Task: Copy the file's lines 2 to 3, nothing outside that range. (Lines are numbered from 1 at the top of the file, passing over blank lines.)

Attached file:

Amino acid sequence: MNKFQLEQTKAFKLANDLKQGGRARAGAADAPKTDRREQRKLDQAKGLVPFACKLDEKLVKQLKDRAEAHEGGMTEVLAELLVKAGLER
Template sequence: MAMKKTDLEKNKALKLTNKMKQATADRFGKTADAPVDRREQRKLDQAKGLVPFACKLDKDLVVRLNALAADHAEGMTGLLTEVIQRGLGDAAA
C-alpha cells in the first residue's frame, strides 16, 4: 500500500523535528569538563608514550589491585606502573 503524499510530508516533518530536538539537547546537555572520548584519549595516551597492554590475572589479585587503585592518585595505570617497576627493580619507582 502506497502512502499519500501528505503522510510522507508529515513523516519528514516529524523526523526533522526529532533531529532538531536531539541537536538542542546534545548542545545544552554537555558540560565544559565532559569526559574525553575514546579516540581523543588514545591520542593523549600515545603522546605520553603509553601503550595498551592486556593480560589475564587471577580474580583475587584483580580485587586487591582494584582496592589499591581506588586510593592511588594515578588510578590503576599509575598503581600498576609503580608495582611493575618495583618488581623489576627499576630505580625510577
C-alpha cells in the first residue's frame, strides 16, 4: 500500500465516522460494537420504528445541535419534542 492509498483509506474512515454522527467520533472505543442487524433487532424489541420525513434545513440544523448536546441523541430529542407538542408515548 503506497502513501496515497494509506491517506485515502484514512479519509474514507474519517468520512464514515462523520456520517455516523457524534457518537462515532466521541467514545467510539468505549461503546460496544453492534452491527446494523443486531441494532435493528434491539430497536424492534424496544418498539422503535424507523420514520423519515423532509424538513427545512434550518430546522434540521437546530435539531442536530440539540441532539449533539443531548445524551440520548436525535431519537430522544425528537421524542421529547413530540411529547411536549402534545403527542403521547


Template sequence: MAMKKTDLEKNKALKLTNKMKQATADRFGKTADAPVDRREQRKLDQAKGLVPFACKLDKDLVVRLNALAADHAEGMTGLLTEVIQRGLGDAAA
C-alpha cells in the first residue's frame, strides 16, 4: 500500500523535528569538563608514550589491585606502573 503524499510530508516533518530536538539537547546537555572520548584519549595516551597492554590475572589479585587503585592518585595505570617497576627493580619507582 502506497502512502499519500501528505503522510510522507508529515513523516519528514516529524523526523526533522526529532533531529532538531536531539541537536538542542546534545548542545545544552554537555558540560565544559565532559569526559574525553575514546579516540581523543588514545591520542593523549600515545603522546605520553603509553601503550595498551592486556593480560589475564587471577580474580583475587584483580580485587586487591582494584582496592589499591581506588586510593592511588594515578588510578590503576599509575598503581600498576609503580608495582611493575618495583618488581623489576627499576630505580625510577